I'm curious, do you think everything that is put into a license becomes legally binding?

UK.Gov passes Instagram Act: All your pics belong to everyone now


Re: @ "Dr S"

Your last comments are disappointingly snide. I may not agree with your overly-simplified vision of intellectual property, but I always try to read your pieces with an open mind. You could do better to be a little more respectful.

I'm a doctor of laws, teaching patent-, trademark, copyright- and design-law at a law school for more than 10 years now. I consult and am a part of the regional IPR association, where my colleagues and friends are both from academia and commercial law. We have discussed this issue and agreed that if we had a professional photographer client then any Google-like company that tried to use his or her work commercially would have near-impossible task proving that they did their due diligence; thus a nice little account.

Contrary to what you may believe, I see the various forms of IP as fundamental to the whole of the knowledge economy and am not out to destroy it.


Some clarifications on the 'diligent search' requirement ...

... and other useful links for those who are still curious about this subject.



Re: How about protecting metadata...?

It is your right already. Removing such data is an infringement in itself, just as removing various forms of DRM is.


Re: Say I'm a photographer who works in advertising (I'm not, btw)

The celeb has no copyright to their face, so just because the image is used outside of what was agreed the celeb has no grounds for a lawsuit. Your company (or you, depending in your employment contract) does however have grounds.

But if the image is used to sell a product or in such a way as to constitute defamation, then there are various legal instruments the celeb can use.

In both cases the target to be sued would be whoever publishes the image illicitly.


Re: @Dr.S

"... you're working for Google."

How does pulling false statement of of thin air help you in any way?

I'm certainly more wary of Google than most, especially from a EU competition-law perspective. Reading these comments however, I get the impression that too many fall into a herd-mentality and are starting to make up frightening stories rather than actually studying copyright and the realistic effects of this law.


As a copyright lawyer I don't see this legislation as being worth all this alarmism in any way. I certainly can't see any indications that the UK is violating its obligations vis à vis either the Berne Convention or the WTO treaties on intellectual property.

Why are scribes crying just 'cos Google copied their books? asks judge


It is the act of making a book publicly available that is economically relevant to the author. And Google is never making any book available online without first having the author's permission. After these many years it seems this basic point is still poorly understood.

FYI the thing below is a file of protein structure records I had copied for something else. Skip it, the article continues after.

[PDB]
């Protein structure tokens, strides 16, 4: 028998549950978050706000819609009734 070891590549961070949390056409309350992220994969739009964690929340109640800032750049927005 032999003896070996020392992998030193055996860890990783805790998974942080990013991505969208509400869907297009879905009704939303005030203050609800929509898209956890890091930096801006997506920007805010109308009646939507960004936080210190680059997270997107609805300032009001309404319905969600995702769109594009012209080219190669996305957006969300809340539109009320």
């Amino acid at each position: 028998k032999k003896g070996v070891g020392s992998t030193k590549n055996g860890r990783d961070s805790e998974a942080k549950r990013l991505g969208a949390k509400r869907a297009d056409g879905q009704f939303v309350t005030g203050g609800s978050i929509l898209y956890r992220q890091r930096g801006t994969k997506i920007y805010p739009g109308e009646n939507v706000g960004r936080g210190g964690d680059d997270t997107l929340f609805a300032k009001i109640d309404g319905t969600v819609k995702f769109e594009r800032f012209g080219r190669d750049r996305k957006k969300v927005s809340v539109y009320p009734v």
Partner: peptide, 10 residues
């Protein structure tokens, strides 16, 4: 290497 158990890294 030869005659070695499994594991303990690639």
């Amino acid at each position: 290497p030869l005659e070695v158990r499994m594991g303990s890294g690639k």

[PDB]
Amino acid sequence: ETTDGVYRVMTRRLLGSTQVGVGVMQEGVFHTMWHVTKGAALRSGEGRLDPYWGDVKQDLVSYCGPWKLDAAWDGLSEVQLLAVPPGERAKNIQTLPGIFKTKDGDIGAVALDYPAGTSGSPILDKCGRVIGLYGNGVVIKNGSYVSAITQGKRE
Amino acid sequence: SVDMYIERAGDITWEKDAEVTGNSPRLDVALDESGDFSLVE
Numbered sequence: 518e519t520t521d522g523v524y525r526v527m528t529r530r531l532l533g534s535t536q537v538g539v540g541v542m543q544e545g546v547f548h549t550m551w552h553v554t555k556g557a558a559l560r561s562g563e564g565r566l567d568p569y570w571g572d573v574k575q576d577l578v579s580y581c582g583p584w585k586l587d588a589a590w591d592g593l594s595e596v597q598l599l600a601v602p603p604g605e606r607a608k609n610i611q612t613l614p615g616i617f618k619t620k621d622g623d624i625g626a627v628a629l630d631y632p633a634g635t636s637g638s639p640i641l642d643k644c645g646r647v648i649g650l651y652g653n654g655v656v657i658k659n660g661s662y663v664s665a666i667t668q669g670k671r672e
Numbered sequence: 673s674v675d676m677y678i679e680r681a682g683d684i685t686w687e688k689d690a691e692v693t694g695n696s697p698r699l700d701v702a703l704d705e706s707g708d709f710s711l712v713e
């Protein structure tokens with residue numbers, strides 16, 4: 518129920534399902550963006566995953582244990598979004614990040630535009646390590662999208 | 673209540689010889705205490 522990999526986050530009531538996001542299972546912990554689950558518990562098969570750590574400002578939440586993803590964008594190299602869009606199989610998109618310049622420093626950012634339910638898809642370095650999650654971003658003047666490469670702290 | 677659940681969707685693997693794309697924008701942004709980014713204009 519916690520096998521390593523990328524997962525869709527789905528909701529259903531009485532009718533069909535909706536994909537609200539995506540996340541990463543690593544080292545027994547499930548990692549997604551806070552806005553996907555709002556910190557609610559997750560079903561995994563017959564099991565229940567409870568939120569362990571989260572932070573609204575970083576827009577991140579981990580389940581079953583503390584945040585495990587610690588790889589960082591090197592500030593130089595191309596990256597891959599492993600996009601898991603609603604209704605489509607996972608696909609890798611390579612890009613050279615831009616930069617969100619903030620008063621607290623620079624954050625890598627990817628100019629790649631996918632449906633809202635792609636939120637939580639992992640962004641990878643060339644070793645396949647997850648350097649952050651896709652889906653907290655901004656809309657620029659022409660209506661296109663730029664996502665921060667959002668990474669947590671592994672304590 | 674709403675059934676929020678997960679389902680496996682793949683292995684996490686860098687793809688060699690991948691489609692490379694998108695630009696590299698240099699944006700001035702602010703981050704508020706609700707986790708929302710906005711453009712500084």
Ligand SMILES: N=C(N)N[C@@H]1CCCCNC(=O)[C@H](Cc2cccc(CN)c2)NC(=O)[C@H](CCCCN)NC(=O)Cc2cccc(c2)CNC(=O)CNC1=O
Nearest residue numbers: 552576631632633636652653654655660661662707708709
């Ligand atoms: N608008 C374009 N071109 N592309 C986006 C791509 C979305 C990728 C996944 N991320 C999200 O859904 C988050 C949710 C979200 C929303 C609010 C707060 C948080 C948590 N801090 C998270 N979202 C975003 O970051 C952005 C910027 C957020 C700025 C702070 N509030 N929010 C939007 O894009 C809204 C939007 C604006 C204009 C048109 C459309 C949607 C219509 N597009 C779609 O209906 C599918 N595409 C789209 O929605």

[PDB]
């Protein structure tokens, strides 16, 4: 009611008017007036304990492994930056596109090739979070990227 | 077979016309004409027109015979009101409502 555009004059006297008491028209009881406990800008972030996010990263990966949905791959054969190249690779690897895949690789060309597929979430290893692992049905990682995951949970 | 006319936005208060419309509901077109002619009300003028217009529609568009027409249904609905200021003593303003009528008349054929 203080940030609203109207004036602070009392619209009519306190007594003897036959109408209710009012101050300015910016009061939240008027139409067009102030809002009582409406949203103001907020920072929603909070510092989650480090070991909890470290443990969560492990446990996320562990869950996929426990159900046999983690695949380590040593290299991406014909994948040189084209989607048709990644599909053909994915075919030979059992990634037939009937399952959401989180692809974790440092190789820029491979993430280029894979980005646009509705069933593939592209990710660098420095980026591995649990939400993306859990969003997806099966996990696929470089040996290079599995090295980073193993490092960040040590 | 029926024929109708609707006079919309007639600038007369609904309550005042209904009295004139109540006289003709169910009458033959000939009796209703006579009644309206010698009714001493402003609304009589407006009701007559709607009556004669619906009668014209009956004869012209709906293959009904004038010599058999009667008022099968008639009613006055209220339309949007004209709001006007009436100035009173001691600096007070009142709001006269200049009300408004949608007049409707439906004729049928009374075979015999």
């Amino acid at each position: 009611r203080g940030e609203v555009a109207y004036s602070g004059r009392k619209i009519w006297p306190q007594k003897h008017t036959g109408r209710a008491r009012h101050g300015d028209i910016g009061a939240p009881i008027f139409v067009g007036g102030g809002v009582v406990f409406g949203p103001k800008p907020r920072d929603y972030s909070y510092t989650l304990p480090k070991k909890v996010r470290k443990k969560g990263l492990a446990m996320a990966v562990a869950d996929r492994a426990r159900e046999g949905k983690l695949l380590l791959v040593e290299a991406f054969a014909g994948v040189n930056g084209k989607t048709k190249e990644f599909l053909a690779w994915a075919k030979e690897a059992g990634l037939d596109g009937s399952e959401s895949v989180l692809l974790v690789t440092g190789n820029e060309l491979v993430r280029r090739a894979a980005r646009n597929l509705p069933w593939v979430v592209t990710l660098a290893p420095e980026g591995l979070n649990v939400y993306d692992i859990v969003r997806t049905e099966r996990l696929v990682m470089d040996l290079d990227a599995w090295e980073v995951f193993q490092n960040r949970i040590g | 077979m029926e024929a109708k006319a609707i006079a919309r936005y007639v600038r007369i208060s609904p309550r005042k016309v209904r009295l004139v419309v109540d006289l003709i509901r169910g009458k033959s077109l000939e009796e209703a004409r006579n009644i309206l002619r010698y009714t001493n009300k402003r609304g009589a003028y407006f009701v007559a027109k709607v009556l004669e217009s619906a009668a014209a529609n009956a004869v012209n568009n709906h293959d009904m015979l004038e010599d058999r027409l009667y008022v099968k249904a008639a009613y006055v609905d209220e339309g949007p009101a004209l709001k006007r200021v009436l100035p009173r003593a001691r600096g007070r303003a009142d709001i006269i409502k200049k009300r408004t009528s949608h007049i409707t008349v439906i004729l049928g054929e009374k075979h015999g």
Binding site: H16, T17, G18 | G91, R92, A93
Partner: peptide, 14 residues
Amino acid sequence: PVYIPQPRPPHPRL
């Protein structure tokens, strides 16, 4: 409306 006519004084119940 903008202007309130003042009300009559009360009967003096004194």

Spotify spews 'unencrypted' FREE MP3s all over creation


Re: OMG - a way to get free MP3s online

Yes, it is indeed terrible. Spotify was only successful because there was no alternative way of getting access to music. Now they will completely lose all their customers.

Brit musos now trouser more crumpled fivers from online music than radio


Re: Why is it

It is due to how copyright is constructed. The radio company pays for the right to stream/broadcast the content, while you as a listener need pay nothing at all since the act of listening is not relevant to copyright (only copying the content and various forms of making it available to the public are).

However, when you put the content on loudspeakers in a pub or such place, then you are the one making the content available to the public, and thus the one needing some form of license from the copyright owner.

Each new act of copying or making the content available to the public needs to be licensed.

Not saying that I personally think this is ideal, or that it must necessary be like this. In fact, copyright has historically solved this situation in different ways. But currently, this is the way it works.

Scottish SF master Iain M Banks reveals he has less than a year to live


Crap news. He is not only a great writer, he is an interesting thinker as well. Such a shame.

Music resale service ReDigi loses copyright fight with Capitol Records


Re: Is Backup Restore now a Copyright infringement?

Yes. That is the primary rule. Though most jurisdictions have a exemption to the rule to provide for this kind of use to be legal. Here in Sweden the exemption is called Private Use Copying, in the US it's a part of their Fair Use doctrine. I believe the UK still lacks either of those exemptions though.


Except that there is no license agreement attached to the purchase of a DVD. All I do is buy the plastic disc, and copyright law with its limitations provides me with the rights I need in order to watch the movie or resell the disc.

In some European countries I will also have the right to make copies of the movie for personal use. But none of these rights hinges on any contractual relationship (license) between me and the copyright owner.


Re: ok - I'll bite

The judge should have looked up the Usedsoft ruling from the European Court of Justice, where they allow for copyright in a digital download to be exhausted by the first sale, paving the way for a legal second-hand market for digital copies. The requisite is that the original copy is erased, which is exactly what ReDigi was good for.